Why Student Loans are a Bad Idea

Student Loans are a Bad Idea

The cost of college is rising at an alarming rate. Medical care is not even rising as fast as college costs over the history of price increases. Public in-state tuition and fees now average around $9,716 with private universities charging $35,676, according to U.S.News.

With the rising costs of tuition, more students are taking on debt to fund a college degree. It is now estimated total student loan debt is 1.56 trillion and the average monthly student loan payment is $222. Furthermore, it is not uncommon to hear of students taking over $40,000 in debt during their time in college. These disturbing statistics show a real problem with debt and college.

There really is no way to disagree that education is important. But at what cost does it truly make sense? Does taking out large amounts of debt obtaining a four-year degree ensure success in landing employment that will last a lifetime in a career field?

There are convincing arguments to both sides of the positive and negative aspects when it comes to college debt. However, going into large amounts of debt may not be the best choice for a majority of people. This does not suggest that a person should not get a college degree but going into debt is not the best decision.

What are some of the arguments for not having student loan debt?

1. Going to college does not guarantee a good paying job.

• According to the National Center for Education Statistics, about 40% of the students that enroll in college will not graduate. There is a difference in this statistic between private and public universities with private ones having a slightly higher graduation rate.

The issue with student loans in a non-graduating scenario is the cost really has no benefit in most cases. A person will have to pay back student loans with no gain from accumulating the debt. Life happens for everyone and there are things that can derail the goal of graduating college.

2. Student loans are forever.

• Lenders are very often happy to lend money for college. It is the only type of loan where the lender really has no idea on the ability or skills a person has to repay it in the future. The reason for this is student loan debt cannot be included in a bankruptcy. Student loans will stay with a person forever.

3. Student loans delay financial goals.

• With a large amount of debt in student loans financial goals, such as buying a home, are often delayed. Student loan debt can also have an impact on a person getting married or having children.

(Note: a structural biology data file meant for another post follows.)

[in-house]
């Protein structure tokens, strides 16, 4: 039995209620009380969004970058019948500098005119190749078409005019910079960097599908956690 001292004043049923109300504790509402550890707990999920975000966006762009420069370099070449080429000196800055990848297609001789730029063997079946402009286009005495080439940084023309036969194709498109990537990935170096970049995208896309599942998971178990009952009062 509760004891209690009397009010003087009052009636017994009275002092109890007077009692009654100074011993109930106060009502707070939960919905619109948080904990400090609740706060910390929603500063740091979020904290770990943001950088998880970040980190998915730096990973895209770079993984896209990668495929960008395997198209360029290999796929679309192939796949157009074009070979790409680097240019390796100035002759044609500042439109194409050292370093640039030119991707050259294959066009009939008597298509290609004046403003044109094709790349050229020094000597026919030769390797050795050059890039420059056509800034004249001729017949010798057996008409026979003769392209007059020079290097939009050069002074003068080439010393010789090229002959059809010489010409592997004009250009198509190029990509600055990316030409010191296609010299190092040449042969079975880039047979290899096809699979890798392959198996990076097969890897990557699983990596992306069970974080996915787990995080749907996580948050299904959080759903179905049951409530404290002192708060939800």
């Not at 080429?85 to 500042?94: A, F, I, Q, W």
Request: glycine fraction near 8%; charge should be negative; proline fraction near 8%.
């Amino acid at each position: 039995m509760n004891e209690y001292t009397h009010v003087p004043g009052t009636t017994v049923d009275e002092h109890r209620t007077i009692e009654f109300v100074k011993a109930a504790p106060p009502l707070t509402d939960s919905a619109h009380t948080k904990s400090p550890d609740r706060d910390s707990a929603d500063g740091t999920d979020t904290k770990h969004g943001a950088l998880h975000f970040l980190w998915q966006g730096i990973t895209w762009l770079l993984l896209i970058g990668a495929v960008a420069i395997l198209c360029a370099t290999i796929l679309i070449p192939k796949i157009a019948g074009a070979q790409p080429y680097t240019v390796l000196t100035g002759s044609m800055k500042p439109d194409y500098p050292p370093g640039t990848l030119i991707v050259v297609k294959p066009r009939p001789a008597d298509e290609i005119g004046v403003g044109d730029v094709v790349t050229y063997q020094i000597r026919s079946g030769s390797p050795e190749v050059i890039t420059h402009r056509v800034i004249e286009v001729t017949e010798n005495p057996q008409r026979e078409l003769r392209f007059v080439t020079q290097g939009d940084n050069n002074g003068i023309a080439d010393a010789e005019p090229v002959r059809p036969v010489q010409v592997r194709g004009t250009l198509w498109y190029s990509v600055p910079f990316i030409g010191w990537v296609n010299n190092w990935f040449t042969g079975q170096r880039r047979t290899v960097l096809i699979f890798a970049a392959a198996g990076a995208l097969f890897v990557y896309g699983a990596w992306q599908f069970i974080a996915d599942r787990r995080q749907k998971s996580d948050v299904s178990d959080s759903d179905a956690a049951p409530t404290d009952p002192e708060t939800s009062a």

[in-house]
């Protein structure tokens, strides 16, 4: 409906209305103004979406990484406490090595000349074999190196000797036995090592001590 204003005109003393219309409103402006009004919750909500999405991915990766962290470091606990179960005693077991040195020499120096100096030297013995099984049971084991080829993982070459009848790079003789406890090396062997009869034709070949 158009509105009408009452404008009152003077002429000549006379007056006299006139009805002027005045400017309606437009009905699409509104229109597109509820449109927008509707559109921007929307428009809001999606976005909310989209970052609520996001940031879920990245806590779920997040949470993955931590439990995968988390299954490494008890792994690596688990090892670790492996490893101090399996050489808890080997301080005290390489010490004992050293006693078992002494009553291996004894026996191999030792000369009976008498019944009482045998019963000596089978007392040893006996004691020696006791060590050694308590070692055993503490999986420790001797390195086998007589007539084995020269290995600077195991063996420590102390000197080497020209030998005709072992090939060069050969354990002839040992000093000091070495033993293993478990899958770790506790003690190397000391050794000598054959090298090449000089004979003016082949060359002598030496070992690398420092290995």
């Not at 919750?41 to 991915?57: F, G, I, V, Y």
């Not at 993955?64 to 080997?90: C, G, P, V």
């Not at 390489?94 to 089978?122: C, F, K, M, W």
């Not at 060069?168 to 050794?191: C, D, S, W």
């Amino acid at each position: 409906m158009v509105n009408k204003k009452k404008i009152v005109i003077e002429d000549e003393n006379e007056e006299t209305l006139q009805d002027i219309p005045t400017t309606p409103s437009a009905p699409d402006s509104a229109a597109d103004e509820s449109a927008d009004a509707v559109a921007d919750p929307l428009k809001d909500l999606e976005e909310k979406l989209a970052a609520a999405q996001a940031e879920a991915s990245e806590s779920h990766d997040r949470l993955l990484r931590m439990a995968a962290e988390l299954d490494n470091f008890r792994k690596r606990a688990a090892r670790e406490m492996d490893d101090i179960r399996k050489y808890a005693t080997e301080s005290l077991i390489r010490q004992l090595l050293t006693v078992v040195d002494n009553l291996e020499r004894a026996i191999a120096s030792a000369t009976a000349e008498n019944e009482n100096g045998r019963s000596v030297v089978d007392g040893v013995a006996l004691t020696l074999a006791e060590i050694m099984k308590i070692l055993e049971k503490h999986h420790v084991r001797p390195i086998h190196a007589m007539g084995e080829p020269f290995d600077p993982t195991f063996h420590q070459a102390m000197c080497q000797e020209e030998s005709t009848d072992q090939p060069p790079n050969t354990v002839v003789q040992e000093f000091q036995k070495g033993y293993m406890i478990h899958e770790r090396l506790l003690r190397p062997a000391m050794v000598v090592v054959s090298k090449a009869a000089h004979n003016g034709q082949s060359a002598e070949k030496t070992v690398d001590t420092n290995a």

4. Will you graduate in 4 years?

• Students entering college regularly believe they will graduate in 4 years. Statistics show that for many it takes much longer. Changing majors or taking a little time off can easily extend 4 years into 6 or more. This can increase the costs and the possibility of never reaching graduation.

5. Choosing a college major is important and not an assurance.

• There is a good possibility the major a person chooses will not be what they expect after graduation. It could possibly be a major that lands a good paying job, but employment that is not what a person wants to do. It could also be a college major that has low paying employment prospects or one that has low rates of getting hired.

College degrees, such as elementary education or culinary have historically low starting and career salary averages according to Payscale. Picking a major with low paying odds does not leave much room to pay back student debt.

Student loan debt is not good when comparing the odds.

There was a time when just having a college degree almost did indeed guarantee a person a good job. This is not the case any longer. There are a number of factors that need to be considered with the odds of a college degree landing good paying employment and a career.

• It is estimated that 90% of careers all require skills learned on the job. Graduating from college and starting at a high salary is not realistic for many graduates. It will not be long after graduation before the student loan payments will begin and it could take several years to advance a career and pay rate.

• If after graduation a student has not built a valuable network and contacts, there is a true possibility of being unemployed for some time in their field of study until they get their foot in the door. This may happen at some point or it may never occur.

• The statistical information available when comparing the lifetime earnings of a college graduate compared to high school is often said to be 1 million dollars more in in favor of having a college degree. This may be true. However, the true odds are landing the right job. The factors associated with this are not always accomplished. It could depend on a number of variables like college major, school attended, a person’s skills, networking, and contacts. The 1-million-dollar difference is not a 100% truthful in all cases.

Student loan debt is a bad idea, but getting a degree is still a good plan.

Having a large amount of debt after college graduation can really delay or just put a stop to long-term financial goals. Although getting into debt for an education is not the best odds for success in many cases, it is still a good plan to go to college. The goal should not be to just get a degree but to obtain one debt free. Furthermore, going to college should not be only to get an education.

Making the Right Contacts